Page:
• Set up a bot: A bot can help filter some words you don’t want to appear in the chat or trigger pre-set messages responding to standard audience questions or comments.
  • Name a moderator: Assign a moderator status to one of your most loyal followers who’s also a subscriber. The moderator can review flagged messages and delete them on the fly. On Twitch, those actions will be displayed in the chat, mentioning the username and “message deleted by moderator.”
  • Read messages often: You have to keep an eye on the chat. Read and reply to messages in real-time (that’s the point of livestreaming). Creating interactions will make your audience feel more connected and valued and may lead them to become paid subscribers.
Livestreams work well because they're interactive. Read and reply to your audience's messages frequently, says @notoriousbykoff. Click To Tweet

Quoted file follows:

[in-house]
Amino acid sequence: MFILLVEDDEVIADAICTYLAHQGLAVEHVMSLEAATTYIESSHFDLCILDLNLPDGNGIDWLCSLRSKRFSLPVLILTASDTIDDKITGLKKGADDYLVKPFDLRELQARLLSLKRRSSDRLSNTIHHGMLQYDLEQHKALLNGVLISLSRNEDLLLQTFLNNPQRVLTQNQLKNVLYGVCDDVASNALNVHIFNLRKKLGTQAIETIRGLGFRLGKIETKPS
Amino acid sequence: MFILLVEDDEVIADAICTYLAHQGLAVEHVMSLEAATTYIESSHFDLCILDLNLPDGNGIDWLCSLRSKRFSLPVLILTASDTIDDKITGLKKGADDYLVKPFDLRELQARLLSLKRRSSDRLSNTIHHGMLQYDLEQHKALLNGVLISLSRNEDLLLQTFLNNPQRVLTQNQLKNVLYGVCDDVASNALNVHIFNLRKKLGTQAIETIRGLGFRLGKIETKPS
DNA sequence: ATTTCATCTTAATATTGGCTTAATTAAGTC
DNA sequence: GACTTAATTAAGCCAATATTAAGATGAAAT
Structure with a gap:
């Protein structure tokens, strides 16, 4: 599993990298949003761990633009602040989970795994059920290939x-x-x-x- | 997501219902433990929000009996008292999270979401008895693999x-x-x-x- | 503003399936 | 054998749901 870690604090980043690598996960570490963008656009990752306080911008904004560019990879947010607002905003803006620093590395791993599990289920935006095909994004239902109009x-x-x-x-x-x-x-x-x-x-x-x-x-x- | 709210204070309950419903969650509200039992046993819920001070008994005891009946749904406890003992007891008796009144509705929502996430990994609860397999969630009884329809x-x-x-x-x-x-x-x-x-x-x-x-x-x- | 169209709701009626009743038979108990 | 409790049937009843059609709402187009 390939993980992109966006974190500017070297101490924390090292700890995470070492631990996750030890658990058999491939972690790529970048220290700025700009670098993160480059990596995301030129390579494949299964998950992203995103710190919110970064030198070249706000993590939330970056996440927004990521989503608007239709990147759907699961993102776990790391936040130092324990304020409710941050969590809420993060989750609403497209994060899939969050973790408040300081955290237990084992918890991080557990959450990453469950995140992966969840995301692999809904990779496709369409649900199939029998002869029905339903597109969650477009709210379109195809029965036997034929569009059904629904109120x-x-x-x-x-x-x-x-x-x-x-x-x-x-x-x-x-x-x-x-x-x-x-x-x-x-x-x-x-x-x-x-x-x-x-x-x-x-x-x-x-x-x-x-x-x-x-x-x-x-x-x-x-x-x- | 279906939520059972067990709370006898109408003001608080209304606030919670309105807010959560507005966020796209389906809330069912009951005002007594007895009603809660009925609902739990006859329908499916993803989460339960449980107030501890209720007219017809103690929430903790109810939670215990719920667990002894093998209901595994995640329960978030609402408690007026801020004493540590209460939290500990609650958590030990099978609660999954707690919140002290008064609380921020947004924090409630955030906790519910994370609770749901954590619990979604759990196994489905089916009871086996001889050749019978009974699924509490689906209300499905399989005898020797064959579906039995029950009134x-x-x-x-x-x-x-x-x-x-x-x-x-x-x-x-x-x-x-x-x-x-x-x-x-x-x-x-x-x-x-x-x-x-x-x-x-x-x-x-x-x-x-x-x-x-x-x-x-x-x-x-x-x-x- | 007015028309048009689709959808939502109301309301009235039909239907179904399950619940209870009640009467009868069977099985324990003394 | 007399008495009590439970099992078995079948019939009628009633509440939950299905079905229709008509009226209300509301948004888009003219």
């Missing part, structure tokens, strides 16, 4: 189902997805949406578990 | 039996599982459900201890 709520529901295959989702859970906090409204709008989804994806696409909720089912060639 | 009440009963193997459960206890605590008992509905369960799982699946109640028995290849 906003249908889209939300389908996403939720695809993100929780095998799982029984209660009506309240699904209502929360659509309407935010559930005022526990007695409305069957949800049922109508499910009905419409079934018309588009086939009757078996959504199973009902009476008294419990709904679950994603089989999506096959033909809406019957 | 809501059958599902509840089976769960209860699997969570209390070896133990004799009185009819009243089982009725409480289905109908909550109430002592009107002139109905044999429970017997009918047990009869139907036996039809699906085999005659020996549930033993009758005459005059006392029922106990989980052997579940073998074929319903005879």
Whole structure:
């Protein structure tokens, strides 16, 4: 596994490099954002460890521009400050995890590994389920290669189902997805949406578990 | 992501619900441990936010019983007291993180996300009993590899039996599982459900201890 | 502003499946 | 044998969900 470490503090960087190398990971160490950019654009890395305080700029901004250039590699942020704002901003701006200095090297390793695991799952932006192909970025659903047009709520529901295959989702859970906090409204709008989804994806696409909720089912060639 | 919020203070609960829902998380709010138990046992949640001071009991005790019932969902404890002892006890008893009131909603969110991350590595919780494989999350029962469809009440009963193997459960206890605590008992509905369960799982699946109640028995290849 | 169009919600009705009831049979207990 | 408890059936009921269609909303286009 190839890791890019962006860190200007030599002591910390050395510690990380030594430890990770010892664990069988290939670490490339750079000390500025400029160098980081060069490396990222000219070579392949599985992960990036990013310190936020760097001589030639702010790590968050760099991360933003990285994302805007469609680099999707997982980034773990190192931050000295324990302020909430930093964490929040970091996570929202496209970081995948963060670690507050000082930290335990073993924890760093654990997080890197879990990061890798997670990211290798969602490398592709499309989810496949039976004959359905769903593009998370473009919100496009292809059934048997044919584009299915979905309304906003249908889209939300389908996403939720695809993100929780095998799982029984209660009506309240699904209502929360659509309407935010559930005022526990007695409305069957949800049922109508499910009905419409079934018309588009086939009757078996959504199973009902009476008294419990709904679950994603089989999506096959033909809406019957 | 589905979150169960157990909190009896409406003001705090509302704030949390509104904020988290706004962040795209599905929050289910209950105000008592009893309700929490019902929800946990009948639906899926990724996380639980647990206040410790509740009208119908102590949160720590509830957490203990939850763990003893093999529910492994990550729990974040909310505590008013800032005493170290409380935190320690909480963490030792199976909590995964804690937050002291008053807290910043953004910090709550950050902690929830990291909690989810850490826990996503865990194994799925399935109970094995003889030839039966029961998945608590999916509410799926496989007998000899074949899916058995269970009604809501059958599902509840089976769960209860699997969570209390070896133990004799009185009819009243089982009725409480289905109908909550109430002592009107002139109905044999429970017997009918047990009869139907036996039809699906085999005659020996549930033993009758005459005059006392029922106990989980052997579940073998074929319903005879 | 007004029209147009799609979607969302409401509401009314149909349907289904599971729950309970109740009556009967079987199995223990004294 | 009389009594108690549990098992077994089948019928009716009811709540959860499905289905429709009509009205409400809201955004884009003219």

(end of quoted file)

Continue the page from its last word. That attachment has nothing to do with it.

No dead moment

Keep in mind that people are watching you. Even if no one is watching for the moment, don’t stop talking or presenting. It’s good practice, and you never know when someone might join the stream. 

Discipline and consistency

As a new streamer, don’t expect to generate hundreds of viewers after only a few streams. When GothamChess started, he had only a few viewers, but after Netflix’s Queen’s Gambit mania, he managed to reach 1M subscribers on YouTube and streams to over 10K viewers on a regular basis. 

You don’t need to be streaming eight hours every day, but you should create a schedule and hold on to it. Your viewers will know when to expect you. Also, don’t think you’re done when you conclude the livestream. Distribute the recording to your other channels that need to be fed, like YouTube, Instagram, and Facebook.

About the author

Nicolas Bykoff is a digital writer. His favorite topics are gaming and sport. He uses his digital marketing experience to get the best out of any piece of content. When he is not writing, this born-and-raised Frenchman enjoys a round of golf thinking about what you would like to read next!